Liberia: Stench Greets Passengers at New Airport Terminal; US$55M Construction Under Scrutiny
Monrovia – Barely two months after President George Manneh Weah open the doors of the new, modern, US$50 million Roberts International Airport Terminal, the escalator went down. Now, passengers completing immigration process are being greeted with a strong stench in the receiving hall as they make their way to collect their baggage from the carousel.
Report by Rodney D. Sieh, [email protected]
The source? Recently-constructed restrooms, now unusable due to what one source told FrontPageAfrica is the result of a strong odor and smell of urine dominating the hallways from the bathrooms now blocked from public use.
Probable Cause of Stench? ‘Improper Ventilation’
Adolphus Mcccritty, Chief Executive Officer at Mccritty, McCritty & Christel-Architects Engineers Consultants and Managing Partner/Chief Architect at Design Builders Consultancy, Inc explained to FrontPageAfrica that the stench is due to improper ventilation and probable no master traps in the restrooms.
“Every sanitary sewer line and waste line has to be ventilated,” the architect says.
The cost of the terminal construction has baffled many skeptics who have been drawing a comparison with other similar constructions in Liberia.
For example, the giant ministerial complex cost US$55million while the airport terminal’s cost is put at US$50 million. One source told FrontPageAfrica recently that because the terminal was built by loan, it is possible that big kickbacks were involved.
“The Ministerial Complex was built by China Aid so no Ellen Government official was involved. See the difference?”
In October 2016, the Governments of Liberia and the Chinese EXIM Bank signed a landmark loan agreement to refurbish the runway and the Terminal of the RIA project in the amount of US$50 million. The loan agreement constitutes the relationship between Liberia and China over the years.
“These things are so very basic; it behooves me that the engineers at MPW would not know this. I am guessing the same will eventually happen at the Ministerial Complex, and the Wing extensions at the Capitol Building. I cannot figure how they built the Complex and not figure out how the Domestic Water Supply will serve the Buildings.”– Adolphus McCrity, Veteran Liberian Engineer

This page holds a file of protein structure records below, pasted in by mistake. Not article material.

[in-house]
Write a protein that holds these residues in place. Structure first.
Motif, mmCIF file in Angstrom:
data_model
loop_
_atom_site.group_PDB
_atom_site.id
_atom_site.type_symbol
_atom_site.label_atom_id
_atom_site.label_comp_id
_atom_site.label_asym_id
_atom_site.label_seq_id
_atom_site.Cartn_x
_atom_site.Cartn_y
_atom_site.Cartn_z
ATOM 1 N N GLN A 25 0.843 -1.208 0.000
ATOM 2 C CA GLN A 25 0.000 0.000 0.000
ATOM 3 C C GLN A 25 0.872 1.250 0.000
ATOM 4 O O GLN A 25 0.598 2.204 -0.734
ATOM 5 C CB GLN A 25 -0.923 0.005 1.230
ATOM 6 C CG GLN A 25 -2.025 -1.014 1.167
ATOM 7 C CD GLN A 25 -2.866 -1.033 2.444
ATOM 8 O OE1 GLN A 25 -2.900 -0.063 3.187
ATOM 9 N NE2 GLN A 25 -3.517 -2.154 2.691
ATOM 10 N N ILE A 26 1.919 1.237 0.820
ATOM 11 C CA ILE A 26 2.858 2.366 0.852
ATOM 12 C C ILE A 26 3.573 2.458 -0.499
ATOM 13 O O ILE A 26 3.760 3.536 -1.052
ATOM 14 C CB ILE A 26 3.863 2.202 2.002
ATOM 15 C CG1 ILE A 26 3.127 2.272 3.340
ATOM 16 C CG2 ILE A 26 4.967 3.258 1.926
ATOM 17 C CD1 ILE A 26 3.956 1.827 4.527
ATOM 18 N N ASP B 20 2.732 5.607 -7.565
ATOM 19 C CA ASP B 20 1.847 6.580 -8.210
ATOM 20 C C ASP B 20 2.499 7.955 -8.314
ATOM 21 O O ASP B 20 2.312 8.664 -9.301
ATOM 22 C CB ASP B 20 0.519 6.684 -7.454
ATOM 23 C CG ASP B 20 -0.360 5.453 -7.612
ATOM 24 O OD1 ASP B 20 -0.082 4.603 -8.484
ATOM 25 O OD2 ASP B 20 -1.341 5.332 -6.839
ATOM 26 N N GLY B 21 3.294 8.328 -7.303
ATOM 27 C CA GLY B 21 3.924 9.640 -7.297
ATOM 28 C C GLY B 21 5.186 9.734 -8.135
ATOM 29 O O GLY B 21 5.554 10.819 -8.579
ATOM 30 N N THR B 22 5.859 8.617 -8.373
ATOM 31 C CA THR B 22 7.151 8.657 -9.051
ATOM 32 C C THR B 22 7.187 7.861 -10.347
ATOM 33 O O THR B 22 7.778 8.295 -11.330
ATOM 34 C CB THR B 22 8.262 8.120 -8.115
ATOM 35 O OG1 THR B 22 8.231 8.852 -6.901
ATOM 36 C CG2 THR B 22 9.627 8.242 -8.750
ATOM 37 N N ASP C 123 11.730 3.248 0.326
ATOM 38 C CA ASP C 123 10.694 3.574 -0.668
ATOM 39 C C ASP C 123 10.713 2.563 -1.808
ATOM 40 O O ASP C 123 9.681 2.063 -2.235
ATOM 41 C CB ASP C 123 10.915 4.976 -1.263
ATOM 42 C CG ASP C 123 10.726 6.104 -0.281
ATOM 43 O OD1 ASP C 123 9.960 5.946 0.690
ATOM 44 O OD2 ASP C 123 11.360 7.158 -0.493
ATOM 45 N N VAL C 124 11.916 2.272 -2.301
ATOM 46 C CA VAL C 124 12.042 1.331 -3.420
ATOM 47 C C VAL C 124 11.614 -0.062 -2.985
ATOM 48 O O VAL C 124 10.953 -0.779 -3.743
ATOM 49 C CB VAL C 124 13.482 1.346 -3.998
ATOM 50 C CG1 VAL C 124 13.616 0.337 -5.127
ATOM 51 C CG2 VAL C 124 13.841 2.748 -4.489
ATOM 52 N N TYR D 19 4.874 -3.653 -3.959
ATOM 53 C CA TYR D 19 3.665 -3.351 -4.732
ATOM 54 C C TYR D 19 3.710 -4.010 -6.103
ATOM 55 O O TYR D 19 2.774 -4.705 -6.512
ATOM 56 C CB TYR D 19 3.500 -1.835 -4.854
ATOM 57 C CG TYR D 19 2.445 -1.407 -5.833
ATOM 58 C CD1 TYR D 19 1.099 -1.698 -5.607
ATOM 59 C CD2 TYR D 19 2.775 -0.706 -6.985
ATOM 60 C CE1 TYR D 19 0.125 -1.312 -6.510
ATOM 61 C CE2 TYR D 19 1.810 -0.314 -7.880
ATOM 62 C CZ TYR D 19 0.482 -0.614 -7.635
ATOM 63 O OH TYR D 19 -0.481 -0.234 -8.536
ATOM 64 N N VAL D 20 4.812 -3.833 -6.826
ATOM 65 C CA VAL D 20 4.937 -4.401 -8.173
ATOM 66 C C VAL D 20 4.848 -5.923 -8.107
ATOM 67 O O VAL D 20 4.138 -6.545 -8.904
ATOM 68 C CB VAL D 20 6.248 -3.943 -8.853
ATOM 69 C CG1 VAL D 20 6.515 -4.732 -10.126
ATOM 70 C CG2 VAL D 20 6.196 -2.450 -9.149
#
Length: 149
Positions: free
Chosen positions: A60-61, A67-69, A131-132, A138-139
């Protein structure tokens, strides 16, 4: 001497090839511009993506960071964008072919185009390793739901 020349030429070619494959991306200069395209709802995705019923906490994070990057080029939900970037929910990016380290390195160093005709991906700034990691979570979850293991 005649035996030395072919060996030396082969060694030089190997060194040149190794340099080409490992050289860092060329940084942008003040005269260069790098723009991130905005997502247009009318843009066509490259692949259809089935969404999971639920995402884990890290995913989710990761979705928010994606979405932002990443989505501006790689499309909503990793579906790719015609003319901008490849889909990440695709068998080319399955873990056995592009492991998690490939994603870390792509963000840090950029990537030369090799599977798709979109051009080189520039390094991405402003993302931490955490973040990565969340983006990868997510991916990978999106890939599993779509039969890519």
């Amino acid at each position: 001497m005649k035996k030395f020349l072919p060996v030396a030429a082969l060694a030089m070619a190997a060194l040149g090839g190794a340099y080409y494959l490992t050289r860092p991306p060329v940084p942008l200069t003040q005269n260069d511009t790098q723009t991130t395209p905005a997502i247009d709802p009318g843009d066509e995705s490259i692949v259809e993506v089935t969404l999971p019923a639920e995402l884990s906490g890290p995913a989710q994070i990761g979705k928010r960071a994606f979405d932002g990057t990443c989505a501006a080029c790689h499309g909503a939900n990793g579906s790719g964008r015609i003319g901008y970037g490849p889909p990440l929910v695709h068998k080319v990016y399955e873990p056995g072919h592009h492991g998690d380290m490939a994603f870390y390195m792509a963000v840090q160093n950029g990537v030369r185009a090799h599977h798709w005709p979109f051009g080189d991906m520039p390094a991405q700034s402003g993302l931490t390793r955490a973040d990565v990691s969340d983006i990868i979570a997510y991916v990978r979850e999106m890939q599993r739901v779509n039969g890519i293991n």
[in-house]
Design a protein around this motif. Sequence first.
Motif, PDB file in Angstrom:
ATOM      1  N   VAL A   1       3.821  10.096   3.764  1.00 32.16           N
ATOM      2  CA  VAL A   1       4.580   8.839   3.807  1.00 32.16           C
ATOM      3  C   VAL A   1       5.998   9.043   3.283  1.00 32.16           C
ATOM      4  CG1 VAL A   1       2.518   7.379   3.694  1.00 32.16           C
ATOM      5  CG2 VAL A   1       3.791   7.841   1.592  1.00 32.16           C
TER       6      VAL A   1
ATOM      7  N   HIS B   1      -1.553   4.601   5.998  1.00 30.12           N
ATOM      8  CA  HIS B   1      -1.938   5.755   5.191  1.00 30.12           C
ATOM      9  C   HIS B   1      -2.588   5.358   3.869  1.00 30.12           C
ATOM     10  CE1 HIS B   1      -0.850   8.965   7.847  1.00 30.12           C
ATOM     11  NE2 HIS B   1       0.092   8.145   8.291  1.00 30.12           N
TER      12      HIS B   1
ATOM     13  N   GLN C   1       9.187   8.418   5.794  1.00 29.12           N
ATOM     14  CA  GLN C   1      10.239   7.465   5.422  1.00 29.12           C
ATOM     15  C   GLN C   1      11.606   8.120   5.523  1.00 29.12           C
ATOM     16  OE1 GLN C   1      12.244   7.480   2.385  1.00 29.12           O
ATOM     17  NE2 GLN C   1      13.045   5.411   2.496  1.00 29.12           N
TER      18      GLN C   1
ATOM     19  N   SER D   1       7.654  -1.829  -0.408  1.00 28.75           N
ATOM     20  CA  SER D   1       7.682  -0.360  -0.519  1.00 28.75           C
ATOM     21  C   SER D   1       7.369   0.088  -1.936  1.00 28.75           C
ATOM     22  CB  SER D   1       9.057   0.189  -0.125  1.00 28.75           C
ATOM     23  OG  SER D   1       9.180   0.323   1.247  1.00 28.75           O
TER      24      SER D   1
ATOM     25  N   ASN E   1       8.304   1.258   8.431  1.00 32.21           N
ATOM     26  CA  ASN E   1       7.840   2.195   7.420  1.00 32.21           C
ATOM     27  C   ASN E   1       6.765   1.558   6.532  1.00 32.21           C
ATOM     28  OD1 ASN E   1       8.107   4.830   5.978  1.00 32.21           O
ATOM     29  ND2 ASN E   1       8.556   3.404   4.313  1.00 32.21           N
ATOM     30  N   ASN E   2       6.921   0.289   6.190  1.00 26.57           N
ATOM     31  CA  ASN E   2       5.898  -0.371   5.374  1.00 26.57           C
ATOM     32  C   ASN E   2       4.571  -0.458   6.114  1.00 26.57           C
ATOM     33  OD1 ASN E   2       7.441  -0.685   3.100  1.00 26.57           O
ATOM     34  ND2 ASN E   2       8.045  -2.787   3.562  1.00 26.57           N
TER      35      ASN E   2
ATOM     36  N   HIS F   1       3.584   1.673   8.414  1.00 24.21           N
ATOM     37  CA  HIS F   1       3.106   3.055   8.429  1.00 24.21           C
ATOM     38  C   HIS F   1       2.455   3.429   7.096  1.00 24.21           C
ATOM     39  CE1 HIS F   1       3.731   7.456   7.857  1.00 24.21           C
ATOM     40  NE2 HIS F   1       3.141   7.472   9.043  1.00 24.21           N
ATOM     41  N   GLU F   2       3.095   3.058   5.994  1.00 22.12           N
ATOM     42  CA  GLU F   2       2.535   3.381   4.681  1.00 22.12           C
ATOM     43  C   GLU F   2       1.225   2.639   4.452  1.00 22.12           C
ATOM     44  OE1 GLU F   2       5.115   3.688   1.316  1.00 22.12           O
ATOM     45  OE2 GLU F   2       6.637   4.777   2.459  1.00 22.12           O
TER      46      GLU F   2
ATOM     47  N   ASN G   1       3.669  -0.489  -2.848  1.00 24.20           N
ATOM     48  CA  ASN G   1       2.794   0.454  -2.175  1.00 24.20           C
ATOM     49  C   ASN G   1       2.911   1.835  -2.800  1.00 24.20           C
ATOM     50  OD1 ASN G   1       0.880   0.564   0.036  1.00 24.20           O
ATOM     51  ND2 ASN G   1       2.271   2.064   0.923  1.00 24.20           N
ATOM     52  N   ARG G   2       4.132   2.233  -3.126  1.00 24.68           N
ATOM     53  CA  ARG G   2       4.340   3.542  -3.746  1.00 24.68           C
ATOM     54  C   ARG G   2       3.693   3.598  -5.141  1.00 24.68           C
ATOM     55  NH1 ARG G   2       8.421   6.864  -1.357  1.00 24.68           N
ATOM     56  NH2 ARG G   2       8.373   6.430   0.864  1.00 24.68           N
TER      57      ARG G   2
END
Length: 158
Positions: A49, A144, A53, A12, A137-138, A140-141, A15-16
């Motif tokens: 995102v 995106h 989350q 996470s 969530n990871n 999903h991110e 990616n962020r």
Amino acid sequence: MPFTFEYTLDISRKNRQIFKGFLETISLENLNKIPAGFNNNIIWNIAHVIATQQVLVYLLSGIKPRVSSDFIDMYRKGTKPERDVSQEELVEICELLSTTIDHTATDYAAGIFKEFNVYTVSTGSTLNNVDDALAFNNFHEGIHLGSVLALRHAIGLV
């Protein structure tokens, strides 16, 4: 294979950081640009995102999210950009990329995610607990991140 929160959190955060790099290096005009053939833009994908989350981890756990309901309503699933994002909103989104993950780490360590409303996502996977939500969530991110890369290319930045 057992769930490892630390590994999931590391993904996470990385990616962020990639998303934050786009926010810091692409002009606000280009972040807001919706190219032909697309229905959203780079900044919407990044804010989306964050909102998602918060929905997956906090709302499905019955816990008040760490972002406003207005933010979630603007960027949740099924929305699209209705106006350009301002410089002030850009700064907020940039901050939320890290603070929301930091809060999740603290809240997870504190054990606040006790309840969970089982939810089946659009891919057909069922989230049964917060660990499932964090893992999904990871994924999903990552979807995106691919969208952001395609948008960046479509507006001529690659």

The new terminal dedicated in July was constructed of steel and glass and financed by a loan from the China Exim Bank while the construction was undertaken by the China Harbour Engineering Company, beginning in 2016.
The passenger terminal was designed to process approximately 350,000 to 500,000 passengers annually, the LAA release noted.
The terminal has two jet bridges, two escalators, two elevators, ten check-in counters, two baggage carousels, a large immigration facility, a water treatment plant and a power substation on the outside. It also has a two-gate car park and several other features in the courtyard.
With passengers complaining about the odor and rapidly deteriorating terminal, Mccritty wonders why engineers and contractors missed such a key component.
Pointing to a diagram he says shows how to properly vent Sanitary Sewer lines, the architect says, they should have been included in the set of Drawing for the Terminal building for which the Ministry of Public Works said they reviewed and approved and supervised. “Chances are they did not understand the drawings well or else flags would have been raised.”
Adds Mccritty: “These things are so very basic; it behooves me that the engineers at MPW would not know this. I am guessing the same will eventually happen at the Ministerial Complex, and the Wing extensions at the Capitol Building. I cannot figure how they built the Complex and not figure out how the Domestic Water Supply will serve the Buildings.”
Mccritty says there has to be a vent stack min. 2″ diameter between each toilet and a face basin. “Anything short of this, the bad odor aka natural gas would filtrate through the drain outlet on the basins. This would give the entire area a very bad odor as is being experienced in the bathroom at the terminal.”
No Cheap Fix, Architect says
While authorities have blocked passengers from using the restrooms due to the strong odor, Mccritty says the problem can be resolve but would be costly. “There is absolutely No cheap fix for this as the pipes would have to be up-rooted and re-done with the proper vent stacks.”
The increase number of issues arising since the terminal was opened in July is renewing concerns that authorities may have rushed to open the terminal without properly testing all the key facilities to avoid what is unfolding in recent days.
Business class travelers have also complained about the lack of a workable Air Conditioner in the departure hall, making the lounge unusable for many unable to stand the heat.
For the foreseeable future, what was supposed to spur economic growth and increase air traffic and capacity for more flights, has now become a US$50 million whodunnit for Liberia amid lingering and unanswered questions as to how those responsible for the construction doled out the cash for the construction of the new terminal now posing serious embarrassment for Liberia and uneasiness for travelers.